How I Turned My New Normal Into A New Life

Le plus important en fin de compte, ce ne sont pas les cartes qu’on vous a données, c’est ce que vous en faites…C’est la leçon que j’ai apprise de mon expérience avec le cancer et c’est le sujet de mon nouvel article pour I Had Cancer!
What really matters in the end, is not really the cards you are dealt but rather how you play the hand…This is the lesson I have learned from my experience with cancer and that’s the topic of my new article for I Had Cancer!
When I got diagnosed with cancer in the midst of my 30s, I did not let the news bring me down. Instead, I immediately turned into a brave little soldier and accepted all the treatments that were thrown my way without flinching. I was convinced that I would win this fight and that life would just be brilliant afterwards.

But unfortunately this is not what happened… Indeed, when the euphoria that followed the end of the ordeal died down, it finally hit me. My body was still not in as good a shape as it has been and no matter how hard I tried or wanted it to happen, I just could not fit back into my old life. And, if at first I was just happy to celebrate my friends’ weddings, baby showers and professional successes, I began feeling like my life was passing me by and that I was becoming a mere spectator who was not allowed to have their share of the cake.

It was as if all the repressed fears and pains were slowing coming out. I started suffering from insomnia and getting stressed over menial things. I became angry more quickly and began losing interest in some of the things I used to love. I basically felt that I no longer had any control on what would happen to me and was terrified that my cancer would come back. Mostly, and it took me a while to admit it, I was feeling vulnerable because of what had happened to me.

I felt ashamed because I was one of the lucky ones. So many of my fellow cancer fighters had lost their battle while I had been given a second chance, so who was I to complain? And with nobody around to listen to my worries, for my family and friends had already turned the page and moved on, I had to find the resources within myself to give a new meaning to my life. And this is how I adopted my 3-way plan to make the most of what I had been left with.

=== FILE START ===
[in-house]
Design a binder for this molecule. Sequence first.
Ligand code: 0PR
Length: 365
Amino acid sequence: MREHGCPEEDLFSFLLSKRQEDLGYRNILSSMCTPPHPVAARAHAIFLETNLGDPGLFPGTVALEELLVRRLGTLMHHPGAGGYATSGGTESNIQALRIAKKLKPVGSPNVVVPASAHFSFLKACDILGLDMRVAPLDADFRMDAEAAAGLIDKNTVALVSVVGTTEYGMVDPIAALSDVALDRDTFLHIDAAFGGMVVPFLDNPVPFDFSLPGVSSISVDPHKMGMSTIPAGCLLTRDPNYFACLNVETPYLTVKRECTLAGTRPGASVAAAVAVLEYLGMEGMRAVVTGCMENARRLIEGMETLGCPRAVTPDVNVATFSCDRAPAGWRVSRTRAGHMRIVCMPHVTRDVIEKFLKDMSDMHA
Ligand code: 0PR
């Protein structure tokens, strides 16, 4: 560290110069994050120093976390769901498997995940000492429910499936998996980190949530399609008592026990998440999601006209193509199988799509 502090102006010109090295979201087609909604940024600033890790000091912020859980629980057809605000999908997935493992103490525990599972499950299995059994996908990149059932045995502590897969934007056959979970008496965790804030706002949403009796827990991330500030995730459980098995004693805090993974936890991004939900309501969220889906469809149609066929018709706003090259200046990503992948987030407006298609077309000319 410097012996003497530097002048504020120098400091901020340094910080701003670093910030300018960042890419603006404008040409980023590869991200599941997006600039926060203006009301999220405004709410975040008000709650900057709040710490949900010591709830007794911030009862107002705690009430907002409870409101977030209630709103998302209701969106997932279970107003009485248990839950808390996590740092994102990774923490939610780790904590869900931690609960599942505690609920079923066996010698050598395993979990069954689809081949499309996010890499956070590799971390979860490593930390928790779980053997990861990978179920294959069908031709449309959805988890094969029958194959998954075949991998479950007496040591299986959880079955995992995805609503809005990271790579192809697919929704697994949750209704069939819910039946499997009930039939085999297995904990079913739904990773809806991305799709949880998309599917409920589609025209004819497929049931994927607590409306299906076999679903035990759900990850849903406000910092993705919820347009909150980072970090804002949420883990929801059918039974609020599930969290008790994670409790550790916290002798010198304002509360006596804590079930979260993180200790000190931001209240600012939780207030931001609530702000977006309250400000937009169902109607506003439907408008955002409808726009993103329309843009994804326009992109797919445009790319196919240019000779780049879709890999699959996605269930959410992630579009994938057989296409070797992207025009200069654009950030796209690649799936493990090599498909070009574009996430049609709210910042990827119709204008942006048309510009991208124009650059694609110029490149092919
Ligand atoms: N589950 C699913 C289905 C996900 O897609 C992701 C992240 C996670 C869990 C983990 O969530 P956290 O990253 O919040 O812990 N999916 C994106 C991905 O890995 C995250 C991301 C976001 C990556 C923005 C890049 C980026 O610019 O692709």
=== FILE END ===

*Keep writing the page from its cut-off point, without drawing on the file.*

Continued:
It started with taking some baby steps. I first had to accept that I was no longer the same person I used to be, and that it was okay if I was not able to bounce back in a day. I had been through a lot and I needed to acknowledge the changes cancer had brought to my life before I could accept them. I was no less of a person because I needed time to grieve. I therefore allowed myself to cry, and I did cry a lot at that time, or vent my frustration. But at the same time, I also made sure to pat myself on the back when I was making progress, or to be forgiving when I did not.

Little by little, it became easier to start planning a future based on my new reality and, as a consequence, to lower my expectations. That was the second step. I had always been one of those girls who dreamed big and always wanted more. I now knew that I had fewer options but did not want to let those unfortunate chances hold me back any more. Life is full of opportunities once we no longer let ourselves be burdens by the standards imposed by society. It is way easier to take a new direction without the pressure to necessarily make the most of our existence.

It is way easier to take a new direction without the pressure to necessarily make the most of our existence.

I thus left the stressful corporate world and a job that had become meaningless for a position in a small governmental entity. This may be less glamourous on paper, but it gives me the impression that I am finally making a difference in this world.

With a new purpose in life, the third step was to simply count my blessings. I now make a list every evening of all the good things that has happened to me over the last 24 hours. If I first started with some very little things, I now have the impression that my life is made of many beautiful moments – whether it is simply a splendid sunny day or a nice lunch with a friend.

After all, what really matters in the end, is not really the cards you are dealt but rather how you play the hand.

What have you done to take back your new normal?

Photo courtesy of Jason Briscoe.


I’m Not a Hero, I Did What I Needed To Do To Survive